As much as $60 billion in U.S. taxpayer funds have gone to waste in Iraq and Afghanistan over the past decade.
The Commission on Wartime Contracting reports poor planning, corruption and fraud have contributed to the wasteful spending.
In a report to Congress, the commission cites numerous examples of waste like an Afghani agricultural program that cost the U.S $1 million a day.
The commission said government agencies should overhaul the way they award and manage contracts in war zones so they don't repeat the mistakes made in Iraq and Afghanistan,
Among the report's 15 recommendations are the creation of an inspector general to monitor contracting and the appointment of a senior government official to improve planning and coordination.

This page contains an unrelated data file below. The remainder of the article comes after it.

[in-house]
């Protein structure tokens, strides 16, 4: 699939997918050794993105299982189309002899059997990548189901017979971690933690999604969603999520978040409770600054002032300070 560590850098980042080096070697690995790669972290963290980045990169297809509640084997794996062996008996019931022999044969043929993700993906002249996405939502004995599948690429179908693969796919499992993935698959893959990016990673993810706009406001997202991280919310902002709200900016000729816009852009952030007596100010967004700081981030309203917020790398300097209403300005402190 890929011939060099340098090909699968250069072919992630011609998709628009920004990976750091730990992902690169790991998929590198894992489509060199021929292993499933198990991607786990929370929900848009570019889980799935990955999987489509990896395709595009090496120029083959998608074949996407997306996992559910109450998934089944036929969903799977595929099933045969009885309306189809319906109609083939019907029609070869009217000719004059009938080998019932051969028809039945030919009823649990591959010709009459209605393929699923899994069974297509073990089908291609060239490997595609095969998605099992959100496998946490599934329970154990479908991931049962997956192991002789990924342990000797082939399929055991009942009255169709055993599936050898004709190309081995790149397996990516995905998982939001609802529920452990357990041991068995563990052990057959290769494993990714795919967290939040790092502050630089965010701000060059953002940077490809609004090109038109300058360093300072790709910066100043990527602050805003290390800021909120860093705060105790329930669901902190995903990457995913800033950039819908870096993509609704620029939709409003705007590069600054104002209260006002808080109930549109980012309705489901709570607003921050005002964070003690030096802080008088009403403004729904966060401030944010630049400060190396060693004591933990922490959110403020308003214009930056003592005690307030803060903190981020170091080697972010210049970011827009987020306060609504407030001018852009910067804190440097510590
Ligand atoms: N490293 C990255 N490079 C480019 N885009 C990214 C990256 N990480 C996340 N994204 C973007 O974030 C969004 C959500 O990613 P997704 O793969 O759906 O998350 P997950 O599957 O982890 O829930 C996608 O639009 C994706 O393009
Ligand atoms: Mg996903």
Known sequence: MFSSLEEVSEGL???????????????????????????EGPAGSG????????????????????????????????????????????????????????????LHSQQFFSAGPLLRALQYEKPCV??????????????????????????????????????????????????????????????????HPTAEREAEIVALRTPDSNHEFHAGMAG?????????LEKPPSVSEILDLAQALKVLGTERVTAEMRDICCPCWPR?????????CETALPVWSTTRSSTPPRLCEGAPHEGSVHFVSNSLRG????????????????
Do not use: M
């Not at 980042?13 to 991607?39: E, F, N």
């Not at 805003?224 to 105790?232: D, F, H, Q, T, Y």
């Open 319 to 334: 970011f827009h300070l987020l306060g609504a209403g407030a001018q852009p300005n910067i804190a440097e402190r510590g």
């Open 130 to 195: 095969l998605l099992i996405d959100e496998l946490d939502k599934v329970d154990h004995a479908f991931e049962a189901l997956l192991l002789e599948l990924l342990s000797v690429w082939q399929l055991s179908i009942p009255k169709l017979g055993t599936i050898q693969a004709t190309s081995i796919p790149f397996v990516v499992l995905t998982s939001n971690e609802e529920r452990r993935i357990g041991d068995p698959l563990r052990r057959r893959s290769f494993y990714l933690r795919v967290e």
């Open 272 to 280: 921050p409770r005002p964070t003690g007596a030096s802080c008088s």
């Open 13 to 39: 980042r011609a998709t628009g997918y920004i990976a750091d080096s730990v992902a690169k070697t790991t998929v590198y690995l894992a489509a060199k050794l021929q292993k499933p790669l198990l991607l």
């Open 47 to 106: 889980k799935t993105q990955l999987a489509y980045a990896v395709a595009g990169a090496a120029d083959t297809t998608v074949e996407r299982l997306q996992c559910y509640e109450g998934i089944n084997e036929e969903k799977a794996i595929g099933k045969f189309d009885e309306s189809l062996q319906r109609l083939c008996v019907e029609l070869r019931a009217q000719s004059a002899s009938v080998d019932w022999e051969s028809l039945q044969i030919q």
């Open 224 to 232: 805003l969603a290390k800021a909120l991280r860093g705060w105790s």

Sen. Claire McCaskill, D-Mo., who co-sponsored legislation to establish the commission, said in a statement emailed Tuesday that "it is disgusting to think that nearly a third of the billions and billions we spent on contracting was wasted or used for fraud."
The Associated Press reported earlier this month that U.S. military authorities in Kabul believe $360 million in U.S. tax dollars has ended up in the hands of people the American-led coalition has spent nearly a decade battling: the Taliban, criminals and power brokers with ties to both.